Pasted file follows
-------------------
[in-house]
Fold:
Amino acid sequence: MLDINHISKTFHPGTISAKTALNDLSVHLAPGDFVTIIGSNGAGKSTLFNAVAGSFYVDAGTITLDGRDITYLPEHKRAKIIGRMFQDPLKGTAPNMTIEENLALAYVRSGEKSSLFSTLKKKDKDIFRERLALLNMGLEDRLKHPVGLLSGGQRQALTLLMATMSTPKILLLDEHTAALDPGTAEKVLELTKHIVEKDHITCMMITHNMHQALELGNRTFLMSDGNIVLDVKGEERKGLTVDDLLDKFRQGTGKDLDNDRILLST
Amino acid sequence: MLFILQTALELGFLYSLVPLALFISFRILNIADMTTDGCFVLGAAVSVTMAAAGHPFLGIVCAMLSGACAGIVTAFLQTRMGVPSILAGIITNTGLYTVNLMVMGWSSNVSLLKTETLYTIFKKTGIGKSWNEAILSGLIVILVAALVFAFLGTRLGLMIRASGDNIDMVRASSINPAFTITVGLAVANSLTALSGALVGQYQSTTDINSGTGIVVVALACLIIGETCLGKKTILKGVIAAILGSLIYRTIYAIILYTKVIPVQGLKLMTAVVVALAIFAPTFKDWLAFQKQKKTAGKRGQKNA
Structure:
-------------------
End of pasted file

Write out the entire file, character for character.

[in-house]
Fold:
Amino acid sequence: MLDINHISKTFHPGTISAKTALNDLSVHLAPGDFVTIIGSNGAGKSTLFNAVAGSFYVDAGTITLDGRDITYLPEHKRAKIIGRMFQDPLKGTAPNMTIEENLALAYVRSGEKSSLFSTLKKKDKDIFRERLALLNMGLEDRLKHPVGLLSGGQRQALTLLMATMSTPKILLLDEHTAALDPGTAEKVLELTKHIVEKDHITCMMITHNMHQALELGNRTFLMSDGNIVLDVKGEERKGLTVDDLLDKFRQGTGKDLDNDRILLST
Amino acid sequence: MLFILQTALELGFLYSLVPLALFISFRILNIADMTTDGCFVLGAAVSVTMAAAGHPFLGIVCAMLSGACAGIVTAFLQTRMGVPSILAGIITNTGLYTVNLMVMGWSSNVSLLKTETLYTIFKKTGIGKSWNEAILSGLIVILVAALVFAFLGTRLGLMIRASGDNIDMVRASSINPAFTITVGLAVANSLTALSGALVGQYQSTTDINSGTGIVVVALACLIIGETCLGKKTILKGVIAAILGSLIYRTIYAIILYTKVIPVQGLKLMTAVVVALAIFAPTFKDWLAFQKQKKTAGKRGQKNA
Structure: